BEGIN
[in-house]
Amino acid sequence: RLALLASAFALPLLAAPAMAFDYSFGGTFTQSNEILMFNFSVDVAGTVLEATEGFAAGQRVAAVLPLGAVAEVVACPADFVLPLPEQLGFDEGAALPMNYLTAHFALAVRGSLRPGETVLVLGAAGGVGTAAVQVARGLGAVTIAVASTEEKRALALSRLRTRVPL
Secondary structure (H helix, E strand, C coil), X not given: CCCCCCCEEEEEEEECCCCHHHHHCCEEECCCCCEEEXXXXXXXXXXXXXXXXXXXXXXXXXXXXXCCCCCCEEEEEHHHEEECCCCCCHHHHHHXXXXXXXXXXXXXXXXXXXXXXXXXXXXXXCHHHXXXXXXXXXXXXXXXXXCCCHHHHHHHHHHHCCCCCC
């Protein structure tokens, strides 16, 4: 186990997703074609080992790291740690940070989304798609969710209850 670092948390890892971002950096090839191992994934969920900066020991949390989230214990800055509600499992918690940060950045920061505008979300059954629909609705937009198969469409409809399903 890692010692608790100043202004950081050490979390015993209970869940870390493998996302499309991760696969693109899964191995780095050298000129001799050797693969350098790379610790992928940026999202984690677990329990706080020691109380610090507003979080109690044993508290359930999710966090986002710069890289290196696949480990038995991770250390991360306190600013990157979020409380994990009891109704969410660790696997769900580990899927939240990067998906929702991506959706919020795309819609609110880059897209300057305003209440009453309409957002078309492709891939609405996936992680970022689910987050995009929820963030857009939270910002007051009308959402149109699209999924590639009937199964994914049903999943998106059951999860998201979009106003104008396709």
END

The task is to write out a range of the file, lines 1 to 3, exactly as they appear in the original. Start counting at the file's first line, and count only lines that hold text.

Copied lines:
[in-house]
Amino acid sequence: RLALLASAFALPLLAAPAMAFDYSFGGTFTQSNEILMFNFSVDVAGTVLEATEGFAAGQRVAAVLPLGAVAEVVACPADFVLPLPEQLGFDEGAALPMNYLTAHFALAVRGSLRPGETVLVLGAAGGVGTAAVQVARGLGAVTIAVASTEEKRALALSRLRTRVPL
Secondary structure (H helix, E strand, C coil), X not given: CCCCCCCEEEEEEEECCCCHHHHHCCEEECCCCCEEEXXXXXXXXXXXXXXXXXXXXXXXXXXXXXCCCCCCEEEEEHHHEEECCCCCCHHHHHHXXXXXXXXXXXXXXXXXXXXXXXXXXXXXXCHHHXXXXXXXXXXXXXXXXXCCCHHHHHHHHHHHCCCCCC